Picture: THINKSTOCK
Picture: THINKSTOCK

THE discussions at this year’s Mining Indaba look set to be far gloomier than the preoccupations of a year ago, when the main focus was on how major mining houses proposed to eke profit and growth out of uncertain commodity prices in a sluggish global economy.

Mining bosses worried alternately that demand for commodities would tank, that mines would not be brought on stream in time and under budget, or used the stage to try to sell their alternately aggressive or conservative growth plans to investors.

Business as usual, you might say.

This year, though, South African citizens will be an invisible but compelling presence at the largely exclusive gathering. Those same bosses will know that Marikana, news of mine closures, job losses and the knock-on effects on the national economy and personal savings have soured the national mood and brought their industry into sharp focus. And this is at a time when new research from FTI Consulting shows high levels of concern among South Africans about foreign ownership of this most international of local industries on the one hand, and a willingness to act when they see something they do not like, on the other.

According to the findings, while 71% of South Africans view foreign direct investment favourably, 41% are concerned about foreign investment in the metals and mining industry. Most South Africans view Chinese inward investment favourably, according to the study, with 71% saying it is beneficial. But a large number are wary of perceived Chinese neglect for worker welfare, their crowding out of local employment and the potential loss of control of strategically important minerals. Respondents expressed most concerns over investments by overseas state-owned companies (75%) and by sovereign wealth funds (74%).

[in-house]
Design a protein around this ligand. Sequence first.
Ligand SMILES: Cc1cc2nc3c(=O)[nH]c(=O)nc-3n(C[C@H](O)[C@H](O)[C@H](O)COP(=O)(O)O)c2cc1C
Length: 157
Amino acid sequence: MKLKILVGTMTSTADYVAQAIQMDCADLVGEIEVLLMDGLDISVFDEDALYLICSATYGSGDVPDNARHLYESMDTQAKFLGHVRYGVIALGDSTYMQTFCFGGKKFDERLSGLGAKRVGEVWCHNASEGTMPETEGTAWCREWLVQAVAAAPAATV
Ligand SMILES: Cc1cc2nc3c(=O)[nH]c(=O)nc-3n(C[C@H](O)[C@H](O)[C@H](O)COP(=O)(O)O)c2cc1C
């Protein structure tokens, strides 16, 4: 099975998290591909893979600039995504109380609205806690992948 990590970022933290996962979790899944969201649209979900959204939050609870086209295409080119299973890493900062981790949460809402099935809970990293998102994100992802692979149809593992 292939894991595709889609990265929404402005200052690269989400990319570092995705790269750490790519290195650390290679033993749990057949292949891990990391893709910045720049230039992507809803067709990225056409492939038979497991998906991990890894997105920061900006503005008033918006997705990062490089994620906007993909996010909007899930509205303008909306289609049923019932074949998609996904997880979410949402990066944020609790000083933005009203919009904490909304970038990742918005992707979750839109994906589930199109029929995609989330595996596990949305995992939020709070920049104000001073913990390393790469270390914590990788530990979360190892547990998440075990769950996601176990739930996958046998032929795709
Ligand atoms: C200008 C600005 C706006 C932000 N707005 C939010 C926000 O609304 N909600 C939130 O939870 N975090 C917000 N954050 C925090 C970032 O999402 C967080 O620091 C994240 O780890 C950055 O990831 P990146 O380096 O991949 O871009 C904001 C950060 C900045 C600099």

The more salient point is that most, by a wide margin, said they would act in the event of a controversial overseas investment (87%) by talking to people they know across the country (71%), joining a protest group (21%), writing about it online (21%) and contacting the media (14%). Only 10% would contact a political representative.

The worst thing the industry could do is to ignore how last year has unsettled the nation, or try to put lipstick on the beast. Nor will finger-pointing suffice. If there ever was a time to look a situation in the eye and speak directly and truthfully, this year’s event is it.

When the sector gathers this week, leaders must recognise that millions of South Africans have witnessed some of last year’s scenes that were at once visceral and unsettling and, more troubling, uncomfortably similar to scenes from apartheid.

It will not help that South Africans are now extremely aware of past and present conditions in the mining industry and their lack of improvement, and many stridently want explanations for the continued poverty surrounding many mines. The nation’s deep social divisions and predisposition for violence that played out in the largely unchanged lives of migrant miners have similarly been made real.

For a nation that prided itself on being a miracle of reconciliation and a model for peaceful transition to the world, it was embarrassing to sit through a week of CNN journalism uncovering its shame and playing that to a global audience.

It would have been bad enough had Marikana been a one-off occurrence, but mine closures and job losses now threaten the national economy and will test the social net. That bears repeating: what happened in the mining industry has the potential to become a threat to social stability in an already polarised country.

Then there are those who look at their pension fund, unit trusts and other investments, who will also look bleakly back at the mining sector in 2012 when it dawns on them that their individual wealth is closely tied up with what has happened in the industry and what its leaders think and say about its future.

So when mining executives gather under these foreboding clouds, they should remember what South Africans have seen, and many are outraged. They are no longer at arm’s length from the industry. To respond with closed discussions in sealed-off rooms will simply not be acceptable to them. Nor will high sounding statements of intent be enough. This will be a time to engage, and then to do.

Who then, at this indaba, will take up this task, recognising that the industry’s principal stakeholders are all South Africans, and they are asking questions and expecting answers and action?

Peach is senior vice-president at FTI Consulting.